ATLANTA (AP) - Georgia state agencies have ramped up efforts to crack down on elder abuse, with law enforcement training and a tougher criminal code.
But The Atlanta Journal-Constitution reports that an underlying anxiety exists among several officials who feel the issue will continue to plague at-risk Georgians until stricter protocols are put in place to track offenses.
As the number of elderly Georgians increases, stopping elder abuse has become one of Georgia Bureau of Investigation Director Vernon Keenan's top priorities.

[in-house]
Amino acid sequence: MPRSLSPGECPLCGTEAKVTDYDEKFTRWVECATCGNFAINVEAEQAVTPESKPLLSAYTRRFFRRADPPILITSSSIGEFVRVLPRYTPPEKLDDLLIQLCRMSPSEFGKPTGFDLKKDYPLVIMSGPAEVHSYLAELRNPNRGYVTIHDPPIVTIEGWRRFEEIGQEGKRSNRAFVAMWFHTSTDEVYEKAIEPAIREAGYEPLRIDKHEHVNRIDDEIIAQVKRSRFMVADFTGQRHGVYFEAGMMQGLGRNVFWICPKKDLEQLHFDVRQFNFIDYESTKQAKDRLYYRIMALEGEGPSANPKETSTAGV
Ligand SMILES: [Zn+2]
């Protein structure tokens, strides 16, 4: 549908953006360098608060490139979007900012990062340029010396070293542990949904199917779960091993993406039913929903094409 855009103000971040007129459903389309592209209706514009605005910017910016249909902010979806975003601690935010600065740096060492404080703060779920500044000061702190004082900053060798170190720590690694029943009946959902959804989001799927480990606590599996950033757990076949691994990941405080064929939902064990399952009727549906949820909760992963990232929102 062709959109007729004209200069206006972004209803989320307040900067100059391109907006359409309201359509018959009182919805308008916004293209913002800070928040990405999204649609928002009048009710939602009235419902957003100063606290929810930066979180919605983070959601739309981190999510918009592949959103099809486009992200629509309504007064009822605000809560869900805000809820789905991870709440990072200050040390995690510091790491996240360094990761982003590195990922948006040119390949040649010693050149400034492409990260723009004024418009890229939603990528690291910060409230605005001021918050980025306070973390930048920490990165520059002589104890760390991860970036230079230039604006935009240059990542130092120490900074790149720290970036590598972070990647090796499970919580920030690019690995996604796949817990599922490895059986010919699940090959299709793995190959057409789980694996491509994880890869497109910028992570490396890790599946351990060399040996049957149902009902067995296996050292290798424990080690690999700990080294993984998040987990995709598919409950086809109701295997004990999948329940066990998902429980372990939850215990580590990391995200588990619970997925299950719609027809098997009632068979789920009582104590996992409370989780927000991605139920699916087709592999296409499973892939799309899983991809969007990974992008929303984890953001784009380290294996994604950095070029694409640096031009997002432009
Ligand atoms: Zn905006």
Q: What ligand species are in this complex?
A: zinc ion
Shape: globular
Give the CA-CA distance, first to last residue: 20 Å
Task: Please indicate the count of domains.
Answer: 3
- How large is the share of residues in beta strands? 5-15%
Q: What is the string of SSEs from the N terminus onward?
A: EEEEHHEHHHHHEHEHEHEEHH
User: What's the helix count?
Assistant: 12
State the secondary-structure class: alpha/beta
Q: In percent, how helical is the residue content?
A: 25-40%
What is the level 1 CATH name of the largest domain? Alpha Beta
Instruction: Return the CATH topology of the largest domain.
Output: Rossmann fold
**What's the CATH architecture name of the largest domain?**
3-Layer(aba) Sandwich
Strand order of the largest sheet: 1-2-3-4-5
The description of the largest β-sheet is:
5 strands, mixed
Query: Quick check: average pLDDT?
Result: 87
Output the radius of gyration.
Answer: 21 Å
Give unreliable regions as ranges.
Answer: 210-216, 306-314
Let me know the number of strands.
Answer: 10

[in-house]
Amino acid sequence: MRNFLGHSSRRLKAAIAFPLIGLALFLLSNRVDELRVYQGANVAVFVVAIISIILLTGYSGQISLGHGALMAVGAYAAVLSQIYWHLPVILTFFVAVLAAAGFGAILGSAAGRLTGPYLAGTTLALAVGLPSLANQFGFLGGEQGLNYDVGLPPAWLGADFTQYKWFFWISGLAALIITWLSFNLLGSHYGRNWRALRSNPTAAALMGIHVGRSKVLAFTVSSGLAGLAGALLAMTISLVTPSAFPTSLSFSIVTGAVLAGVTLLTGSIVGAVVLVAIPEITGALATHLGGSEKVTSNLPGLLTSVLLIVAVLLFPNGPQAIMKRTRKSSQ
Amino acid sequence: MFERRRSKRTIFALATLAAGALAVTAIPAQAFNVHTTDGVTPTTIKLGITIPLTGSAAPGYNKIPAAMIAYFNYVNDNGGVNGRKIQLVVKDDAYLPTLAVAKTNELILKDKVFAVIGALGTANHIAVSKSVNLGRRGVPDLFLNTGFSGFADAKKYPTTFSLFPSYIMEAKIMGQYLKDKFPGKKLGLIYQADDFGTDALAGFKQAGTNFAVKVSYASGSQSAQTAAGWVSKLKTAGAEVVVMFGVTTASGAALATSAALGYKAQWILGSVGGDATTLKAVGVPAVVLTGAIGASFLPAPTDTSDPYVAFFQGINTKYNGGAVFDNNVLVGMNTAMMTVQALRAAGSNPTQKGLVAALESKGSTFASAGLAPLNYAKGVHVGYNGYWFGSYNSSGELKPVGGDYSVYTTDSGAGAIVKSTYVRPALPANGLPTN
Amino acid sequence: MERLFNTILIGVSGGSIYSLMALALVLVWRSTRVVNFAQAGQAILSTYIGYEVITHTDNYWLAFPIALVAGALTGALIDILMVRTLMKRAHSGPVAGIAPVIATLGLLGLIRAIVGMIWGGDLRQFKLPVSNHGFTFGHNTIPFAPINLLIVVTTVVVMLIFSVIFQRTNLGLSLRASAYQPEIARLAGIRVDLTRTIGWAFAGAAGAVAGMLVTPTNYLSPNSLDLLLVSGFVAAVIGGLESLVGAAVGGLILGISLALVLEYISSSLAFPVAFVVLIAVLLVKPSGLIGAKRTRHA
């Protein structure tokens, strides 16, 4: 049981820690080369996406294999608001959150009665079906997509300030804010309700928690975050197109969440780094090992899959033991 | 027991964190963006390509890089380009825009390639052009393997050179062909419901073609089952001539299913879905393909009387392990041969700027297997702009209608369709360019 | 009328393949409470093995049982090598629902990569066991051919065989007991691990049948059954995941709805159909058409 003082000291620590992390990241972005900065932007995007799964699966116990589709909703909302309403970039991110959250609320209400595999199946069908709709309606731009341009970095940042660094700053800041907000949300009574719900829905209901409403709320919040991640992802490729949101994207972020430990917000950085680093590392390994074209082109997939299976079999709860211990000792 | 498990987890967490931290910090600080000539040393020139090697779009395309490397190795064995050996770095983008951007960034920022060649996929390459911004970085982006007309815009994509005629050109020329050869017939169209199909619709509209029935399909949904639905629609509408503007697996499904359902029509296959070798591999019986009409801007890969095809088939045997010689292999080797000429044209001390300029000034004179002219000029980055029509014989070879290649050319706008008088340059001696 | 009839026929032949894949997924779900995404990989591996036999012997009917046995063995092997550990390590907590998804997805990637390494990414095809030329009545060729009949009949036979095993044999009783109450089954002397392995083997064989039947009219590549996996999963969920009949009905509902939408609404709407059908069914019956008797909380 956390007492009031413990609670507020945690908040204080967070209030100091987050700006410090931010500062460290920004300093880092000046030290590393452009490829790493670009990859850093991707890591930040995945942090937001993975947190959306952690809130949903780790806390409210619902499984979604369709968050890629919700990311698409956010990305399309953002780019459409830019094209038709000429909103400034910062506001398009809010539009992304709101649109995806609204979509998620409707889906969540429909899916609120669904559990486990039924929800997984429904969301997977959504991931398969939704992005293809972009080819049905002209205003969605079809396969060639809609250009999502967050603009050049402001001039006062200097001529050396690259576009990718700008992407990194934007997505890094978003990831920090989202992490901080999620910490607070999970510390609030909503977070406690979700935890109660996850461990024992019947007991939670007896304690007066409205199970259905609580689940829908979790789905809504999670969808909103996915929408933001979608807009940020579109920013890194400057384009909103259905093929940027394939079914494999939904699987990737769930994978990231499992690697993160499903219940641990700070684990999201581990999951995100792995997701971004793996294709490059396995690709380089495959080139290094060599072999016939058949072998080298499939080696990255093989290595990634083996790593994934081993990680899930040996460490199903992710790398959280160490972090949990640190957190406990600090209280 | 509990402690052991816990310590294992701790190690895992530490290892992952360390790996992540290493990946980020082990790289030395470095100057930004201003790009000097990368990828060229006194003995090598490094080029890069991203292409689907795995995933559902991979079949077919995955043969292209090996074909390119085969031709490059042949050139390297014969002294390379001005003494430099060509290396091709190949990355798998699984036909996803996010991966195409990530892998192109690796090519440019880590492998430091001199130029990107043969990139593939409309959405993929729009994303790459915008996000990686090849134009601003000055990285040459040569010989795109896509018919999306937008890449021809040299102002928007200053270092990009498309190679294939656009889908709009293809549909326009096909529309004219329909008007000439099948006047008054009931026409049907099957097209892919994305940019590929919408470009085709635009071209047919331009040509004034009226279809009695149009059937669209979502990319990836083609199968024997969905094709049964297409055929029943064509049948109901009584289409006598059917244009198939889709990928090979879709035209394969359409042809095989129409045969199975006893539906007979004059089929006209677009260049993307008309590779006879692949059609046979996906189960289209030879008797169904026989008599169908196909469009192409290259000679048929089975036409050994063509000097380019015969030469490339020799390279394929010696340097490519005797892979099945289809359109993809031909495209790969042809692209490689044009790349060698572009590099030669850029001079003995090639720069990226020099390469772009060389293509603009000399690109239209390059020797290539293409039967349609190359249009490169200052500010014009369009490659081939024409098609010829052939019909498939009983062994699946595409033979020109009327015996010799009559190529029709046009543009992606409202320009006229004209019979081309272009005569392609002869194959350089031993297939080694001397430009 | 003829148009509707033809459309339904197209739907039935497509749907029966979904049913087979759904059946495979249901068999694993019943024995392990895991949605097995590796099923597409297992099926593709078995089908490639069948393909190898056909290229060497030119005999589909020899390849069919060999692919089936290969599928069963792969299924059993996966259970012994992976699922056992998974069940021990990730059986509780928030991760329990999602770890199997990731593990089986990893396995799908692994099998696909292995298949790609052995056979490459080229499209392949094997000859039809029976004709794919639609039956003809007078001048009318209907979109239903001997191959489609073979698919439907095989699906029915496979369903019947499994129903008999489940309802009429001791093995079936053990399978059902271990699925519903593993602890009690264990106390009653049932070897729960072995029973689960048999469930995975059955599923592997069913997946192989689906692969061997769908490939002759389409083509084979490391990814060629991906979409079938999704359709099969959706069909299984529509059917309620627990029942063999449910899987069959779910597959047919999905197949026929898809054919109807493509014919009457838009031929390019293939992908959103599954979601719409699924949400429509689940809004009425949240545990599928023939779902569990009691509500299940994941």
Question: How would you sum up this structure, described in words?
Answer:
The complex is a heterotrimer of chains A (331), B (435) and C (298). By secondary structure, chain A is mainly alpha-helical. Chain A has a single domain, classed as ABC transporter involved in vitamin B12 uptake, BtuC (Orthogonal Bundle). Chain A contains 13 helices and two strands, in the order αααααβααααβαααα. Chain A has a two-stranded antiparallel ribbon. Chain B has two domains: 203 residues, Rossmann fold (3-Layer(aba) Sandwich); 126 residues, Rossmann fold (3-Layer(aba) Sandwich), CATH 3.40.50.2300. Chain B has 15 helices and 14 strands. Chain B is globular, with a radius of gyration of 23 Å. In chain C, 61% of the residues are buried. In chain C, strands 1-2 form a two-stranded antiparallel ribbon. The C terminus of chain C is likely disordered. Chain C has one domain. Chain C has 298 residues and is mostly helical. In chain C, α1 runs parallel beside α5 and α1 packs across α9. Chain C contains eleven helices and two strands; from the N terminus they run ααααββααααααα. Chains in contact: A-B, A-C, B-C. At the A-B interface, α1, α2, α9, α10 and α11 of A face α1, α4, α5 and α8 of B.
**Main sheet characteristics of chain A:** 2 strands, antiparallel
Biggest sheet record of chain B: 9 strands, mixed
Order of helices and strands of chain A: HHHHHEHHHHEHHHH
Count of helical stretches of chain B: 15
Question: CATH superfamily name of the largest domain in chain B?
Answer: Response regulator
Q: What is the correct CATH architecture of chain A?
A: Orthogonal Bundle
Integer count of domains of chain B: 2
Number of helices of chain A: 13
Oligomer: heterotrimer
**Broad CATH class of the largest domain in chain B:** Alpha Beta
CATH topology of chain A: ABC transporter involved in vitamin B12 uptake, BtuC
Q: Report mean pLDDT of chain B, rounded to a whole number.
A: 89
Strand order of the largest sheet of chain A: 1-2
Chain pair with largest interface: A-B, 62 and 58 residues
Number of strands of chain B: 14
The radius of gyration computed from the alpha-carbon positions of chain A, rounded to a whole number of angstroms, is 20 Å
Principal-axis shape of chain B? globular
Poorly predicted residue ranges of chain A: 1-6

The number of elderly people in Georgia is growing fast - in metro Atlanta, the number of people over 60 quadrupled between 1970 and 2015.
Despite a new statewide focus on the issue, Georgia has no elder abuse registry, unlike Tennessee and New Hampshire. Some say the state needs one.